Black Seed: “Seed of Blessing”
By The Institute of Tibb Medicine, 
Johannesburg, South Africa

 A seed few people in the U.S. have heard of has a fascinating history and is used by a large portion of the world’s population. References to this seed can be found in some of the oldest religious and medical texts. It is called Black Seed. Black Seed (Nigella sativa) is a tiny seed from an herbaceous annual, which reaches a height of twelve to eighteen inches. It is believed to be indigenous to the Mediterranean but is cultivated in other parts of the world including North Africa, the Middle East and parts of Asia. The common English name for Nigella sativa is Love in a Mist. It is also called Black Cumin.

History of Black Seed
Black Seed was discovered in the tomb of the legendary Egyptian Pharaoh Tutankhamen, implying that it played an important role in ancient Egyptian practices. Although its exact role in Egyptian culture is not known, we do know that items entombed with a king were carefully selected to assist him in the afterlife. The earliest written reference to black seed is found in the book of Isaiah in the Old Testament: (Isaiah 28:25,27 NKJV).

Traditionally Black Seed has been used for a variety of ailments including bronchitis, asthma, rheumatism and related inflammatory conditions, increasing milk production in nursing mothers, digestive and eliminative disturbances, parasite infection and supporting immunity. Its oil is used to treat skin conditions such as eczema and boils and is used topically to treat cold symptoms. The classic text Medicines of the Prophet lists as many as fifty illnesses for which Black Seed has effective healing qualities.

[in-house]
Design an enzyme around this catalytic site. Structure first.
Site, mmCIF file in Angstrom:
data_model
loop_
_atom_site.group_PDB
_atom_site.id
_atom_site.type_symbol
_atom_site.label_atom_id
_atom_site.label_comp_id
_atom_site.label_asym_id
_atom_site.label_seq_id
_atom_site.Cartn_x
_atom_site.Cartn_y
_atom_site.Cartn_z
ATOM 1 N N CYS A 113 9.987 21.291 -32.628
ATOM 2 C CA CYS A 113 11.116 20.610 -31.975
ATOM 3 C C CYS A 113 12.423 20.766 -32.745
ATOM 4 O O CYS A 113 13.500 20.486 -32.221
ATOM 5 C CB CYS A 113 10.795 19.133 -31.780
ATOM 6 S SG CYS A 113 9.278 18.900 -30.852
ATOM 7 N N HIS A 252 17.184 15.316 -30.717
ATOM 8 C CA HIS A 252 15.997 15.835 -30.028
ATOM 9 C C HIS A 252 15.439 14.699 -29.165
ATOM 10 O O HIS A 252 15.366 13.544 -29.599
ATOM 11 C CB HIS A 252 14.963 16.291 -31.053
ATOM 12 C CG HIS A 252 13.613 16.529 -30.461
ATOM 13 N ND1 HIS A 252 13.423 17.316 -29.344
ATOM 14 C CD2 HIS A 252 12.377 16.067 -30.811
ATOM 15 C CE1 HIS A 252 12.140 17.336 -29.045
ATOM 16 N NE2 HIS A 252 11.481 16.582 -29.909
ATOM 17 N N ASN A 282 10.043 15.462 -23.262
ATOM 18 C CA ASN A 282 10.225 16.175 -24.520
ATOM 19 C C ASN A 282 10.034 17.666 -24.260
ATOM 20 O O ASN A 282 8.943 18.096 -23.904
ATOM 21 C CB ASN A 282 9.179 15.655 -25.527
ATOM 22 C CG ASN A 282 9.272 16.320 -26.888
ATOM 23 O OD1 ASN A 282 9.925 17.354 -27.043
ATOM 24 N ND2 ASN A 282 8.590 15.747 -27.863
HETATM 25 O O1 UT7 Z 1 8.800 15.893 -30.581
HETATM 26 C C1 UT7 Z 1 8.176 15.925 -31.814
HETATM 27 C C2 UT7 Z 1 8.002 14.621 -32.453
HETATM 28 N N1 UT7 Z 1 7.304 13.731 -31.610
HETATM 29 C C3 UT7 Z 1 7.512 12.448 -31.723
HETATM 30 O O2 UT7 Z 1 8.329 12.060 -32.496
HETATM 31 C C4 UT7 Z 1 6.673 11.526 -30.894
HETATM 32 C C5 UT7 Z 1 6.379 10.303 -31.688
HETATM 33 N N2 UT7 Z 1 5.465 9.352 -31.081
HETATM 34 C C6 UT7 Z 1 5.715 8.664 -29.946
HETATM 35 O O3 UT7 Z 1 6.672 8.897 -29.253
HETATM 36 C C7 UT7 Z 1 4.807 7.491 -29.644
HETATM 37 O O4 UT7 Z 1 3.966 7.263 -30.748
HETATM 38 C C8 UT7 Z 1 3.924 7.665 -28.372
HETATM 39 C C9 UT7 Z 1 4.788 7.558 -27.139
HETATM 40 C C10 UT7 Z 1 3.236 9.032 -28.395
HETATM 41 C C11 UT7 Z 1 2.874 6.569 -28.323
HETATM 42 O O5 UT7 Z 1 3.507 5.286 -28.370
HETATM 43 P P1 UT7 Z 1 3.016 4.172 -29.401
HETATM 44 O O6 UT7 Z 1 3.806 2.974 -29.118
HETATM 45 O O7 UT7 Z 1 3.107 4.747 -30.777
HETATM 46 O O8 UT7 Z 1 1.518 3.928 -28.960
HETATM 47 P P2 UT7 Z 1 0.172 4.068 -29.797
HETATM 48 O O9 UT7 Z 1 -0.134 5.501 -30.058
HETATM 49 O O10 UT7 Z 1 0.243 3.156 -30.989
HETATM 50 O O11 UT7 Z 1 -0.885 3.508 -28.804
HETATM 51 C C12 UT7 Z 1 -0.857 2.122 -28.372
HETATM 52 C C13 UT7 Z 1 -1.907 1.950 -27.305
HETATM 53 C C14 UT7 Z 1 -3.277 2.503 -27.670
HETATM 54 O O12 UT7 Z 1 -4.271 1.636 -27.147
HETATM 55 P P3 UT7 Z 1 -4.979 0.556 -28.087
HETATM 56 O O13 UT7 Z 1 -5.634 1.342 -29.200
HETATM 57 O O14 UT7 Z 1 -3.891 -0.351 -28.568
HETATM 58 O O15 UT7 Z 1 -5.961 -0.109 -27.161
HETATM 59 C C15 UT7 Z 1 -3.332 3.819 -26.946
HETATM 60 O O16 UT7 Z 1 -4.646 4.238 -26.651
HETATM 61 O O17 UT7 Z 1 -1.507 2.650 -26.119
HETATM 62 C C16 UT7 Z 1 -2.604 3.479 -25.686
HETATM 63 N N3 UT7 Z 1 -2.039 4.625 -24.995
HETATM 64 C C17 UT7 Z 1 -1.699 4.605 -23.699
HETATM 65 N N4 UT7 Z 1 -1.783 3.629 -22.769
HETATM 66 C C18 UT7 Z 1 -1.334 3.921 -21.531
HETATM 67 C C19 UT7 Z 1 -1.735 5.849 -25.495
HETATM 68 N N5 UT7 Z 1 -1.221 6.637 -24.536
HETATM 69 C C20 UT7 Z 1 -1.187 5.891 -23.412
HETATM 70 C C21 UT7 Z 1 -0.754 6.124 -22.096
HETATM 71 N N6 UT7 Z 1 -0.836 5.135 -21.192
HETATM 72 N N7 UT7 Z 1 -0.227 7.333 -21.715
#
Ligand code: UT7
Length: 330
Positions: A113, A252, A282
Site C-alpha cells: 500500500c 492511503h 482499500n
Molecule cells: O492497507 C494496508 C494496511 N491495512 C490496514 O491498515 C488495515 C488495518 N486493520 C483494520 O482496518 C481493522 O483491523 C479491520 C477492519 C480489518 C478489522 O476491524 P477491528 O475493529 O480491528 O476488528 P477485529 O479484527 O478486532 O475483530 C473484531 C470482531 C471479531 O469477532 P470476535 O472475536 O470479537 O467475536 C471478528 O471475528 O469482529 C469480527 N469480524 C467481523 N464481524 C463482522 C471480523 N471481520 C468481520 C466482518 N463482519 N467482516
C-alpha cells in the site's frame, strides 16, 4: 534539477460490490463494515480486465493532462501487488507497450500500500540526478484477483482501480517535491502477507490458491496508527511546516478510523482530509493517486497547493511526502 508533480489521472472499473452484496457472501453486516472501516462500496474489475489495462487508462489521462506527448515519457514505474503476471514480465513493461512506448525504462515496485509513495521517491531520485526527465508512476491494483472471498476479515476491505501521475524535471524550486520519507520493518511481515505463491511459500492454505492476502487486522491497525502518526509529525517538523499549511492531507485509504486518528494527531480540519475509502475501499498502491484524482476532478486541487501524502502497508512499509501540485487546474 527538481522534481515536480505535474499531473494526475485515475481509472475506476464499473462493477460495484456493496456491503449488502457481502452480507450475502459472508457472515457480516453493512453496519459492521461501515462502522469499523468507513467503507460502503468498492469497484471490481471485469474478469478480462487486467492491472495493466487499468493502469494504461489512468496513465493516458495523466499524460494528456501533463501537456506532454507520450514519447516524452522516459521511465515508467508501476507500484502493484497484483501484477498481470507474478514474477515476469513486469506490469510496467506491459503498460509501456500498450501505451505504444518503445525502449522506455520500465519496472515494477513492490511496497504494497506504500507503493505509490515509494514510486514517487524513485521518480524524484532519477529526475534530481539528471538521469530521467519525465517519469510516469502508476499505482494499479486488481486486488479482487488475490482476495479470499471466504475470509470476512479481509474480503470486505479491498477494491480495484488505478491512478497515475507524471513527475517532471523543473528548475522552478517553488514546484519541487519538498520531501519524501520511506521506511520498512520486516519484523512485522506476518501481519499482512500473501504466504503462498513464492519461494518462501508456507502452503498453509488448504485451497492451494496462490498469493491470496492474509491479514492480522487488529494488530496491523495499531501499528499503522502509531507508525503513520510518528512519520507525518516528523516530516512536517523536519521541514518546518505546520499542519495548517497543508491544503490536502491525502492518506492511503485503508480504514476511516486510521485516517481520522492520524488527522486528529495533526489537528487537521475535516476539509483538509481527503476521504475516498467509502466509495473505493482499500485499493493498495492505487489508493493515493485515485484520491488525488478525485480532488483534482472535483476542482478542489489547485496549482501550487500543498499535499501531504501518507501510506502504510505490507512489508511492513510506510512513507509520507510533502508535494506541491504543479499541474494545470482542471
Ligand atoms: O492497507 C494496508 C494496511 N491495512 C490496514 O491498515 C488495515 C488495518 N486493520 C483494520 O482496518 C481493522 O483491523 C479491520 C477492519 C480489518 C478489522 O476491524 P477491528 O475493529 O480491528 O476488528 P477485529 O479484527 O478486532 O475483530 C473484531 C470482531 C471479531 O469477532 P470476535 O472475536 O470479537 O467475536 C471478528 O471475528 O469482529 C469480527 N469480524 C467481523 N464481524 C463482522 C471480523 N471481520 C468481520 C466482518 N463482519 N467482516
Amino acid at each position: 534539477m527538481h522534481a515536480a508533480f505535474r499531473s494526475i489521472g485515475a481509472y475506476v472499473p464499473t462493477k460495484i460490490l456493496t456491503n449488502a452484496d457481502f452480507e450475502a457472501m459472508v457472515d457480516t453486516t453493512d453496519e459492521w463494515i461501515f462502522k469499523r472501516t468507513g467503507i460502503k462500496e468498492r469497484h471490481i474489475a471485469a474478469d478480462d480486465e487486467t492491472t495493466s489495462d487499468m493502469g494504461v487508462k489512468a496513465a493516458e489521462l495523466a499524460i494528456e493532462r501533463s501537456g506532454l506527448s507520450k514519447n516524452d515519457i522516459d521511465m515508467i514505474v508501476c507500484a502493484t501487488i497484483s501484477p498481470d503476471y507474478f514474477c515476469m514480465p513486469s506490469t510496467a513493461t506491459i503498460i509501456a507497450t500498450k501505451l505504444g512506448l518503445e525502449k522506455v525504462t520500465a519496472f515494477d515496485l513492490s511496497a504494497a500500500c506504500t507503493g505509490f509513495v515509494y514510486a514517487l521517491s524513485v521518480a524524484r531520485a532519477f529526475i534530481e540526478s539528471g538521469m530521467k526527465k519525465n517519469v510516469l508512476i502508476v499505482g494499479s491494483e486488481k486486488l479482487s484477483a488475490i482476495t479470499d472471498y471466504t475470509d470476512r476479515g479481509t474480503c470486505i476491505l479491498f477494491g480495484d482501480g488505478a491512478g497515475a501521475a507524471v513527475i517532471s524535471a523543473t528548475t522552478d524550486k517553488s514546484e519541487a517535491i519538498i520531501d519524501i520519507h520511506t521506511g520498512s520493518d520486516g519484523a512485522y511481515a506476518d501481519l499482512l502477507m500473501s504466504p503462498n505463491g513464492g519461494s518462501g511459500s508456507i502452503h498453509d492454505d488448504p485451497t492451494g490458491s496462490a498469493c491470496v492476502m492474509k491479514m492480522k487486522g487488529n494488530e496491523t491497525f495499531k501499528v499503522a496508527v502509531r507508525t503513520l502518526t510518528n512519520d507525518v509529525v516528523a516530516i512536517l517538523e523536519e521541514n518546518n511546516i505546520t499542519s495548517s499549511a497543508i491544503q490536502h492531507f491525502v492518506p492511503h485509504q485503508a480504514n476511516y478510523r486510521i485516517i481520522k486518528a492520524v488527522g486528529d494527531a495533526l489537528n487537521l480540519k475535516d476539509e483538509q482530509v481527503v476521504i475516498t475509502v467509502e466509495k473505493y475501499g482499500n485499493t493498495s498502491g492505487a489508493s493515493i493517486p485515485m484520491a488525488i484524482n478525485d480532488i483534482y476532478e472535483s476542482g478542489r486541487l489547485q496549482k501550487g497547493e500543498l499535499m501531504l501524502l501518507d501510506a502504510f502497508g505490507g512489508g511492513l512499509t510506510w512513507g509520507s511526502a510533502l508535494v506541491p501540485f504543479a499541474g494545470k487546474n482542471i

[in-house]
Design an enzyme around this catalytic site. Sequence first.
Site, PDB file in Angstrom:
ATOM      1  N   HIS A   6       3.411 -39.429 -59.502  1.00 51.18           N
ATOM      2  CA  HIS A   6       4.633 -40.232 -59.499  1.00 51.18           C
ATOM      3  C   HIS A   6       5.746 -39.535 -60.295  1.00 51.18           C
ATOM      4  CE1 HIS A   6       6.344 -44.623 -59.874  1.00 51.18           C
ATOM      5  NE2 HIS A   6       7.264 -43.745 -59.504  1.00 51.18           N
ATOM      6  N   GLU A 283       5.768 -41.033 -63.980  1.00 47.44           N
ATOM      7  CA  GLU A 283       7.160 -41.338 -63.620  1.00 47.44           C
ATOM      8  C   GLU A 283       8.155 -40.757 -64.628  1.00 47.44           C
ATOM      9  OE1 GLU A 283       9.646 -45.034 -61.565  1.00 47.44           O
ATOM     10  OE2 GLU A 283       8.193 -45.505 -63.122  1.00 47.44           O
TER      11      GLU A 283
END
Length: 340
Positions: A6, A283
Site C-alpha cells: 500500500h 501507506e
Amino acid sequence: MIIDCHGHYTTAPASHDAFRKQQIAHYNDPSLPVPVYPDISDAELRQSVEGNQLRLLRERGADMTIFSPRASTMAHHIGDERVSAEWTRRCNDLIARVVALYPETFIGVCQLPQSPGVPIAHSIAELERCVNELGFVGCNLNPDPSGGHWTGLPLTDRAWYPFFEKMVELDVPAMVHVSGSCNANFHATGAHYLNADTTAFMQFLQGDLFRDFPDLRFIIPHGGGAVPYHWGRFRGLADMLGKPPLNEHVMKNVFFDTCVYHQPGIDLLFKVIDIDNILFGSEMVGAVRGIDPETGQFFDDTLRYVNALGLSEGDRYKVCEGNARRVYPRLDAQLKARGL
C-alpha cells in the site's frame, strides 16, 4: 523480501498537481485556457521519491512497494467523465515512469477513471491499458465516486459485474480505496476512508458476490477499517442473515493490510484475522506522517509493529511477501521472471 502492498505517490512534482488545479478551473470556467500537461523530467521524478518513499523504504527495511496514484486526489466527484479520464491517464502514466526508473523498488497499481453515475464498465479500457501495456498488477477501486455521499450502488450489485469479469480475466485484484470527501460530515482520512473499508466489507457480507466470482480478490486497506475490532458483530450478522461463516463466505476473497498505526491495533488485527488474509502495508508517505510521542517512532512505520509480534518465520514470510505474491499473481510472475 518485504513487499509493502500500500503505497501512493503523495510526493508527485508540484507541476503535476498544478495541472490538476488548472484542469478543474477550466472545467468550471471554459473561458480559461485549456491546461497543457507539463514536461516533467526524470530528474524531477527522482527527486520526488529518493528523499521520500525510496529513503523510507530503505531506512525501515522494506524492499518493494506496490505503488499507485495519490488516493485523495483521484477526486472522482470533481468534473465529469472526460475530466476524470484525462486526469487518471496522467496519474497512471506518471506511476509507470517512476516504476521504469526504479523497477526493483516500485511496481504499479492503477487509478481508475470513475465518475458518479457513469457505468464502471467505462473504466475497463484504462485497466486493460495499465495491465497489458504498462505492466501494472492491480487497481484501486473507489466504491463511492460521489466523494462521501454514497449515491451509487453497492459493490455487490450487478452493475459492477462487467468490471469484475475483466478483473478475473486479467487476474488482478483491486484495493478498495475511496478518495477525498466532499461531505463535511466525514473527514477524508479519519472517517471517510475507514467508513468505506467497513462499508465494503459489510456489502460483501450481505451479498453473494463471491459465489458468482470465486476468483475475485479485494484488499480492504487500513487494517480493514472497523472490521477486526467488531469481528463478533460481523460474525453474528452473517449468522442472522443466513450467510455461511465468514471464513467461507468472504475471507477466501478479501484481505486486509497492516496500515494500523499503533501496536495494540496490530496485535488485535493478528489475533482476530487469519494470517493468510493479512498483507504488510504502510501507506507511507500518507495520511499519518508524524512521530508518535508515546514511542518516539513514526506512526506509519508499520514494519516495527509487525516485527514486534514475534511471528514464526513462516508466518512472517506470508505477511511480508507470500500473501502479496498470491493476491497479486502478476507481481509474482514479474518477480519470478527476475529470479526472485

Because of its complex chemical structure — it has over one hundred active ingredients — black cumin has positive effects on the respiratory, immune, circulatory, digestive, and urinary systems. It is potentially effective against asthma, stomach ailments, and numerous skin conditions, ranging from acne to psoriasis. Its many uses has earned it the popular title “Seed of Blessing”.

Modern Research
Over 150 research papers on Black Seed have been published in recent times confirming many of the healing properties traditionally attributed to Black Seed.

In 1987, a study conducted at I.I.M.E.R. Panama City, Florida verified the immune-supporting action of Black Seed. Two randomized groups of volunteers received one-gram of Black Seed capsules twice daily or a placebo. A complete lymphocyte count carried out before and after four weeks of administration revealed that the majority of subjects who took Black Seed displayed a 72% increase in helper-to-suppressor T-cell ratio as well as an increase in NK (natural killer) cell functional activity.

In the field of AIDS research, human clinical trials conducted at the Department of Biological and Medical Research Center in Riyadh, Saudi Arabia (1997) showed that Black Seed enhanced the ratio between helper T-cell by 55% with a 30% enhancement of NK cell activity. These findings suggest that Black Seed could play an important role in the treatment of cancer, AIDS, and other immune deficiency states.

In 1997 a study undertaken on the anti-cancer activity of the Black Seed undertaken at the International Immuno-Biology Research Laboratory, South Carolina concluded, “the activity of NS (Black Seed) blocked the tumor growth and dissemination in metastasis and have remarkable promises for clinical use.”